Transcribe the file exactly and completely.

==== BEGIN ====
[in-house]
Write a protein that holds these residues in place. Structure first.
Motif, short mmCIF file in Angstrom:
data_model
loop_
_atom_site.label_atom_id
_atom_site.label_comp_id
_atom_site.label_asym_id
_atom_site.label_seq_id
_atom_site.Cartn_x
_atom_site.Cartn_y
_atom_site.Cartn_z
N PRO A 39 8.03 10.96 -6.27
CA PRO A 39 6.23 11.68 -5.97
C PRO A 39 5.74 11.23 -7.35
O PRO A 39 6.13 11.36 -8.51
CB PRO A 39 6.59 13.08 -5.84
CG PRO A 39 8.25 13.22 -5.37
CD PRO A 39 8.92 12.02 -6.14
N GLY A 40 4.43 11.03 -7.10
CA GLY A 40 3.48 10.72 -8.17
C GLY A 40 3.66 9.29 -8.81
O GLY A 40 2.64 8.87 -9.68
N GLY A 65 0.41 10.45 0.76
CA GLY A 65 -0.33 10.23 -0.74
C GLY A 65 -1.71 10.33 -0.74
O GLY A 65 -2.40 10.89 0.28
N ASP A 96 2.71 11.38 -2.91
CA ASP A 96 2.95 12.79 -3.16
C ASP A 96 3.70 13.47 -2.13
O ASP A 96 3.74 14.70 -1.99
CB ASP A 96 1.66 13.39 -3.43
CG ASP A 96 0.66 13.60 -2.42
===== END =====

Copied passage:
[in-house]
Write a protein that holds these residues in place. Structure first.
Motif, short mmCIF file in Angstrom:
data_model
loop_
_atom_site.label_atom_id
_atom_site.label_comp_id
_atom_site.label_asym_id
_atom_site.label_seq_id
_atom_site.Cartn_x
_atom_site.Cartn_y
_atom_site.Cartn_z
N PRO A 39 8.03 10.96 -6.27
CA PRO A 39 6.23 11.68 -5.97
C PRO A 39 5.74 11.23 -7.35
O PRO A 39 6.13 11.36 -8.51
CB PRO A 39 6.59 13.08 -5.84
CG PRO A 39 8.25 13.22 -5.37
CD PRO A 39 8.92 12.02 -6.14
N GLY A 40 4.43 11.03 -7.10
CA GLY A 40 3.48 10.72 -8.17
C GLY A 40 3.66 9.29 -8.81
O GLY A 40 2.64 8.87 -9.68
N GLY A 65 0.41 10.45 0.76
CA GLY A 65 -0.33 10.23 -0.74
C GLY A 65 -1.71 10.33 -0.74
O GLY A 65 -2.40 10.89 0.28
N ASP A 96 2.71 11.38 -2.91
CA ASP A 96 2.95 12.79 -3.16
C ASP A 96 3.70 13.47 -2.13
O ASP A 96 3.74 14.70 -1.99
CB ASP A 96 1.66 13.39 -3.43
CG ASP A 96 0.66 13.60 -2.42